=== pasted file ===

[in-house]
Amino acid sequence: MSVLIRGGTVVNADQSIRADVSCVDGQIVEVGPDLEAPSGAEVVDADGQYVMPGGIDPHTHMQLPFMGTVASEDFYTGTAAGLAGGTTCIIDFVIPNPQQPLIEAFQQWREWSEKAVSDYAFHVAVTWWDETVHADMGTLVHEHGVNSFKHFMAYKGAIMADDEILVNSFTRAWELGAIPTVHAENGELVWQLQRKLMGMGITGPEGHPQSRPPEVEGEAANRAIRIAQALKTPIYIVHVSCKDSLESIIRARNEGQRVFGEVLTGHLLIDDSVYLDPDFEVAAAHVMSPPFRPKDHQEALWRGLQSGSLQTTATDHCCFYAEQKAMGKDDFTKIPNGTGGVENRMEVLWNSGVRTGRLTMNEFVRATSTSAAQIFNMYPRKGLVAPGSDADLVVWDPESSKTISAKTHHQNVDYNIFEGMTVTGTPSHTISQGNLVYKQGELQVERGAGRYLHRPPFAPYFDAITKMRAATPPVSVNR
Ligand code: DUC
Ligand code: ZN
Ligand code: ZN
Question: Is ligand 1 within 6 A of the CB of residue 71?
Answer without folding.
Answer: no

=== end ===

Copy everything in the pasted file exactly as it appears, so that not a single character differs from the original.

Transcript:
[in-house]
Amino acid sequence: MSVLIRGGTVVNADQSIRADVSCVDGQIVEVGPDLEAPSGAEVVDADGQYVMPGGIDPHTHMQLPFMGTVASEDFYTGTAAGLAGGTTCIIDFVIPNPQQPLIEAFQQWREWSEKAVSDYAFHVAVTWWDETVHADMGTLVHEHGVNSFKHFMAYKGAIMADDEILVNSFTRAWELGAIPTVHAENGELVWQLQRKLMGMGITGPEGHPQSRPPEVEGEAANRAIRIAQALKTPIYIVHVSCKDSLESIIRARNEGQRVFGEVLTGHLLIDDSVYLDPDFEVAAAHVMSPPFRPKDHQEALWRGLQSGSLQTTATDHCCFYAEQKAMGKDDFTKIPNGTGGVENRMEVLWNSGVRTGRLTMNEFVRATSTSAAQIFNMYPRKGLVAPGSDADLVVWDPESSKTISAKTHHQNVDYNIFEGMTVTGTPSHTISQGNLVYKQGELQVERGAGRYLHRPPFAPYFDAITKMRAATPPVSVNR
Ligand code: DUC
Ligand code: ZN
Ligand code: ZN
Question: Is ligand 1 within 6 A of the CB of residue 71?
Answer without folding.
Answer: no